Expanded Access: Not a Clinical Trial But….


Applied Clinical Trials

This week, I attended CBI’s Expanded Access Programs conference in Philadelphia.

This week, I attended CBI’s Expanded Access Programs conference in Philadelphia. First thing to note, early in the conference there was a discussion among the experts in the field about the terminology of expanded access. So right there, when you are talking about expanded access, early access, managed access, pre-approval access or and compassionate use, just be very clear on what your definition is. Even the FDA representative Richard Klein acknowledged he didn’t realize there was a terminology issue.

I was asked by an attendee why I was there, clinical trials editor in an expanded access world, which doesn’t have anything to do with clinical trials. Clinical trials and expanded access (which is the terminology I’m going with) are very different. The IND is held by a physician. The data requirements are nowhere near the rigor of a clinical trial. And patients comprise a wide swath outside of inclusion and exclusion criteria. But based on statements and observations at the conference, this list comprises why clinical trials professionals need to know about expanded access:

  • Many of the now-dedicated EA managers were former clinical trial professionals.

  • The questions of investigational drug supply need to be closely calculated with your clinical trial investigational drug supply.

  • Operationally, clinical trials and expanded access programs are the same.

  • Is there a potential to de-rail a clinical trial if expanded access is allowed? Klein said no, however, this past November a patient died in a CytRx compassionate use program, and the FDA put the program on hold. That hold was lifted in January. The definition of de-rail could be debated, as to some any delay in a trial can cost a lot of money.

  • Planning for an expanded access program requires deep communication with others who know of the clinical successes of an investigational medicine in Phase I or II.

The rules of expanded access programs are quite clear. The FDA even launched a dedicated Expanded Access (Compassionate Use) website on Day 2 of the conference. The bottom line is that the sponsor has the ultimate decision if they are going to provide the drugs for expanded access programs or not. But with social media and internet transparency, coupled with the understandably heavy emotions that go along with life-threatening diseases, and the general mistrust of the biopharm industry, make a clearly defined regulatory guidance appear gray.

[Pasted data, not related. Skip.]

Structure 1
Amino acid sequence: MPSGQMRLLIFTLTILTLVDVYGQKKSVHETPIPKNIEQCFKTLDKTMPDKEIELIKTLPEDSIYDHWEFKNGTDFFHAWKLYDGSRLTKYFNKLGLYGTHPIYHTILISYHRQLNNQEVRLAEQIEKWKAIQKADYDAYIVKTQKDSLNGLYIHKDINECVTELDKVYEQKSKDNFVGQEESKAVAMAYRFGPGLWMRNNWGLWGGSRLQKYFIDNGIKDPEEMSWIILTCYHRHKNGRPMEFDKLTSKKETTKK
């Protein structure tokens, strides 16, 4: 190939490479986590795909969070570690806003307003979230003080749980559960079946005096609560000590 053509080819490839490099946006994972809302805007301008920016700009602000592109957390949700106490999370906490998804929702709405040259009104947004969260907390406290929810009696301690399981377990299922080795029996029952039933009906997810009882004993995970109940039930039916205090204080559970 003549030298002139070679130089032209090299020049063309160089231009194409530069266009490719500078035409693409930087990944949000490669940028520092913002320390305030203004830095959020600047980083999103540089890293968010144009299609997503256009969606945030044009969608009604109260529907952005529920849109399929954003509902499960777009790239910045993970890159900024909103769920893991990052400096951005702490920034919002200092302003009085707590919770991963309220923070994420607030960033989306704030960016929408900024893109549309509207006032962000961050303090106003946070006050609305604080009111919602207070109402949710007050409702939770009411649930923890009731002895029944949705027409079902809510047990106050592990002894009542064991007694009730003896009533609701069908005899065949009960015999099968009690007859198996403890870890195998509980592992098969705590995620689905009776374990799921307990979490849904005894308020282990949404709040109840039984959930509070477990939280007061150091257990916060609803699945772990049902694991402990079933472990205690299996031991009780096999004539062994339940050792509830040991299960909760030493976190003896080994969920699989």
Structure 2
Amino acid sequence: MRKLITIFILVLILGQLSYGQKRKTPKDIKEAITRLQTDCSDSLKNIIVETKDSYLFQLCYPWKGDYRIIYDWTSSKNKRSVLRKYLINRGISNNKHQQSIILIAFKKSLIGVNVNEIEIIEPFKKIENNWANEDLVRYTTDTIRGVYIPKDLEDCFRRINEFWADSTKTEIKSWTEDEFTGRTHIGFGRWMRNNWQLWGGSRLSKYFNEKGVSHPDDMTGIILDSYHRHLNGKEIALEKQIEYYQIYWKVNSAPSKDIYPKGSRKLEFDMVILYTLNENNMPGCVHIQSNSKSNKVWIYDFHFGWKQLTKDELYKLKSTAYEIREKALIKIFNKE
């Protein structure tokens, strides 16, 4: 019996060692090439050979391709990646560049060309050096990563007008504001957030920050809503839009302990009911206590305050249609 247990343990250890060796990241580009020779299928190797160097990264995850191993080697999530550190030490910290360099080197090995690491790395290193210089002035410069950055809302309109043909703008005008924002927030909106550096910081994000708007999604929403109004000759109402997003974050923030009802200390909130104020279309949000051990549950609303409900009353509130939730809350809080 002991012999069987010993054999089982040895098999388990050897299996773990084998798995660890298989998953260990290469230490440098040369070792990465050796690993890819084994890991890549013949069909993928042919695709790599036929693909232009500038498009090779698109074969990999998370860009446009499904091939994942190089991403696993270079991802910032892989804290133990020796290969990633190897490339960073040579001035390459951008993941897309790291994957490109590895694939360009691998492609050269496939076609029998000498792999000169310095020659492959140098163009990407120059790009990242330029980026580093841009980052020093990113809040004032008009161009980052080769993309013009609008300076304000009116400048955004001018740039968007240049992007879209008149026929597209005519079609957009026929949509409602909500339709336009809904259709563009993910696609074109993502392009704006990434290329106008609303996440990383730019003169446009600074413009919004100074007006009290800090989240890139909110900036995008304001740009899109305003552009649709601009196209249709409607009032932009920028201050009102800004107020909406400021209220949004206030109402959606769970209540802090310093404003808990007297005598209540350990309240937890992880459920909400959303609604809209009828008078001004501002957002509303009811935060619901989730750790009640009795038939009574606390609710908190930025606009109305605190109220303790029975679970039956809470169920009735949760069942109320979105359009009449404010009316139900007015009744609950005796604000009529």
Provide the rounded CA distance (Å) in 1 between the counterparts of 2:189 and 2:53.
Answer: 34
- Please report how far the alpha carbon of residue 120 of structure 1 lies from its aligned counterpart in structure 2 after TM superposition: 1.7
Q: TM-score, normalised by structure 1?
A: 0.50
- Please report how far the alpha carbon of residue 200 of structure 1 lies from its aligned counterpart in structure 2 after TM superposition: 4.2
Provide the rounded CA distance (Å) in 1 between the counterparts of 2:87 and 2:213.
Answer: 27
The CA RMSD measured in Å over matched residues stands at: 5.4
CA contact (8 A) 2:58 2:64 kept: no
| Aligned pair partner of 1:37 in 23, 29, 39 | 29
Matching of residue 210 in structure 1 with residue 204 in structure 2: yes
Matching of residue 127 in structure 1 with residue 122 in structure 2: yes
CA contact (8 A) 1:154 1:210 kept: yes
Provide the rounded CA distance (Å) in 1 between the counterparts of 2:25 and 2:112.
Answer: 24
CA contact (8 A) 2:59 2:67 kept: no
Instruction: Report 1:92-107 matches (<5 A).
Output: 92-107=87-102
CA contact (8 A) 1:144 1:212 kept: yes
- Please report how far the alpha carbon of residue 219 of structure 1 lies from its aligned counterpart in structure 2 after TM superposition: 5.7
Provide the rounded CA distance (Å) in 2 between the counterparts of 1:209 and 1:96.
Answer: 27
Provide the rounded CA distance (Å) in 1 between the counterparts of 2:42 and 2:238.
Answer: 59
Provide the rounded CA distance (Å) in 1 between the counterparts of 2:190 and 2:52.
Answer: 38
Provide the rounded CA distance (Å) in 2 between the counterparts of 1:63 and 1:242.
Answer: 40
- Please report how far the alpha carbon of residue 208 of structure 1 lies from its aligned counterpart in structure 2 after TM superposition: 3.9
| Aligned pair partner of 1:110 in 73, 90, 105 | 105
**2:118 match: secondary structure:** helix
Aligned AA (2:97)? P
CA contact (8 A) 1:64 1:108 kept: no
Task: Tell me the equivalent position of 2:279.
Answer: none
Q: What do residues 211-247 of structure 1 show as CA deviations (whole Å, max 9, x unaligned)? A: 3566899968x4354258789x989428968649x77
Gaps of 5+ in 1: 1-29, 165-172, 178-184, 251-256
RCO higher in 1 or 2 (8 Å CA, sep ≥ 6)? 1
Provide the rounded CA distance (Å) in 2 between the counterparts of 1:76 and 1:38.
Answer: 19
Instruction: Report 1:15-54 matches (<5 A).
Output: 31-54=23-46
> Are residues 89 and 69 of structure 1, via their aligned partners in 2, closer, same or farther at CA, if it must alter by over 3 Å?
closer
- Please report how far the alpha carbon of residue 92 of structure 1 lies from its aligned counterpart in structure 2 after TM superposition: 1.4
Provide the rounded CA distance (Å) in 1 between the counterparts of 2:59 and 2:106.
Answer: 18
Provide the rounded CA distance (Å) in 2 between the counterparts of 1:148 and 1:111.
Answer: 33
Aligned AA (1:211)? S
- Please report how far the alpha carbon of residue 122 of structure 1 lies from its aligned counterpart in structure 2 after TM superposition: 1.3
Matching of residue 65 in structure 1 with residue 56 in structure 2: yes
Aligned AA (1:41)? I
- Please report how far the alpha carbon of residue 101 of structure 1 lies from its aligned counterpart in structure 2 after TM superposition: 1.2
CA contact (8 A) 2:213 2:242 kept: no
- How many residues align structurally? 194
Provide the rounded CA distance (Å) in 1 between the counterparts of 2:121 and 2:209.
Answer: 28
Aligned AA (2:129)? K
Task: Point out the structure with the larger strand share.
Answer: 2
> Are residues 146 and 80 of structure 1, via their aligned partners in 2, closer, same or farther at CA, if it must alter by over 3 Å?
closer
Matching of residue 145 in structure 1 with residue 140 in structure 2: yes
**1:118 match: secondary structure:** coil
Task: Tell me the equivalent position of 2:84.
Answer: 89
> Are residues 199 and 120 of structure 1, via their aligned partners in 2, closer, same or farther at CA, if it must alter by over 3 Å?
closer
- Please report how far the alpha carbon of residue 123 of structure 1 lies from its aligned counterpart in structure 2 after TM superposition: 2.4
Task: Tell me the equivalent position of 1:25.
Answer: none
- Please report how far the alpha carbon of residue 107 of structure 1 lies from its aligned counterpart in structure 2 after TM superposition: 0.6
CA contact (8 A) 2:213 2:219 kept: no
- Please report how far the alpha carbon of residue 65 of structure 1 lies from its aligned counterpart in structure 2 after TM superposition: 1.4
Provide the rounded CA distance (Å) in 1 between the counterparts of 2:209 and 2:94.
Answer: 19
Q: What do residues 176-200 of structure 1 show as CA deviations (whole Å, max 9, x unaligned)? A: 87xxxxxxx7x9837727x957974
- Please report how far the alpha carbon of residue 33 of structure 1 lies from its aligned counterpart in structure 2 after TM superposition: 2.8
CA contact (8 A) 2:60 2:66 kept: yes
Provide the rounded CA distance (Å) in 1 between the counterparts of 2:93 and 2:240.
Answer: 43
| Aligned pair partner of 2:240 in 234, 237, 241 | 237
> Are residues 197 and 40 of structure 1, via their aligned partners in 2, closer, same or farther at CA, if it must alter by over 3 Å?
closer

Which is exactly what happened to biotech Chimerix in April 2014. As detailed in this article from Bloomberg, Chimerix was inundated with far-flung social media support for Josh Hardy, a seven-year-old whose life-threatening disease could be treated with Chimerix’s drug in development. The Bloomberg article is an excellent in-depth presentation of both sides of the compassionate use debate, and brings the ethical decisions out to light. In the end, Josh received the drug, with a positive response, and CEO Kenneth Moch was forced out of his job.

But the message was clear: biotechs need to develop a clear policy on expanded access and have it in place to address just these types of instances. In October 2014, BIO released its

Expanded Access Programs: Points to Consider

. The message at this conference was also clear. Attendees spanned biotech companies including AbbVie, Alexion, Biogen Idec, Celsion, Seattle Genetics, as well as big pharma Boehringer Ingelheim, all with varying phases of expanded access resources and experience. From those who need to think about offering their investigational drugs outside of a clinical trial, to those who have already been through the process a few times.

The motivation for a company’s established policy is to make it clear that when they do say no to a patient the reason why is transparent. But the motivation of the individuals-the professionals in pharma-is the patient.

Pfizer’s Expanded Access Lead, Business & Regional Operations presented on its three-year dedicated program. Erin Lambert, who is the lead, presented at CBI “Sustainable Strategies for Forecasting & Establishing Expanded Access Supply.” She came from drug supply and recounted to the audience the first time she was asked how they could get investigational drug directly to a patient. “That experience of being that close to the patient, that felt really good,” Lambert told the audience. And now their program “comes from the position of yes”--the position that they can make it happen for the patient.

Another attendee told me of her own stress levels after surpassing multiple barriers to finally, successfully getting the investigational drug to a patient and how emotionally spent she was afterward. The end result? She only knows that the woman lived long enough to receive her transplant two weeks later.

And that, I would say, is the final comparison between clinical trials and expanded use programs. There is not a lot of one-to-one interaction among pharma and its patients. But the dedication that clinical trial and biopharmaceutical professionals have to the people they are trying to help is evident.


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